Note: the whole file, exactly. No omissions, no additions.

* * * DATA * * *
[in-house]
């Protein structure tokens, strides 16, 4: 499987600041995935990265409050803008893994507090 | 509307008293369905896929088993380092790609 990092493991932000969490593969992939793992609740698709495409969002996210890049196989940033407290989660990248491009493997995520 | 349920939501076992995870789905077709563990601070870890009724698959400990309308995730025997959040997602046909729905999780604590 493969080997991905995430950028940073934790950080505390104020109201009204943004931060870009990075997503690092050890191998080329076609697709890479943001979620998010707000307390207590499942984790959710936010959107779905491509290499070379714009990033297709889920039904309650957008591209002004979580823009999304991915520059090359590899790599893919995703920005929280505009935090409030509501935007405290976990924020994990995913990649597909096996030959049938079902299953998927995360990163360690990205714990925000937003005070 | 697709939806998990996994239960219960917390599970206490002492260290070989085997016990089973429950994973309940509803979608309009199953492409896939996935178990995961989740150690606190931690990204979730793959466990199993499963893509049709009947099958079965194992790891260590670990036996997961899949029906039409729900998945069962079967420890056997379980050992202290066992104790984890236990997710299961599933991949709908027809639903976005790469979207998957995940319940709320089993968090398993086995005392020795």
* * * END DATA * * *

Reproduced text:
[in-house]
């Protein structure tokens, strides 16, 4: 499987600041995935990265409050803008893994507090 | 509307008293369905896929088993380092790609 990092493991932000969490593969992939793992609740698709495409969002996210890049196989940033407290989660990248491009493997995520 | 349920939501076992995870789905077709563990601070870890009724698959400990309308995730025997959040997602046909729905999780604590 493969080997991905995430950028940073934790950080505390104020109201009204943004931060870009990075997503690092050890191998080329076609697709890479943001979620998010707000307390207590499942984790959710936010959107779905491509290499070379714009990033297709889920039904309650957008591209002004979580823009999304991915520059090359590899790599893919995703920005929280505009935090409030509501935007405290976990924020994990995913990649597909096996030959049938079902299953998927995360990163360690990205714990925000937003005070 | 697709939806998990996994239960219960917390599970206490002492260290070989085997016990089973429950994973309940509803979608309009199953492409896939996935178990995961989740150690606190931690990204979730793959466990199993499963893509049709009947099958079965194992790891260590670990036996997961899949029906039409729900998945069962079967420890056997379980050992202290066992104790984890236990997710299961599933991949709908027809639903976005790469979207998957995940319940709320089993968090398993086995005392020795």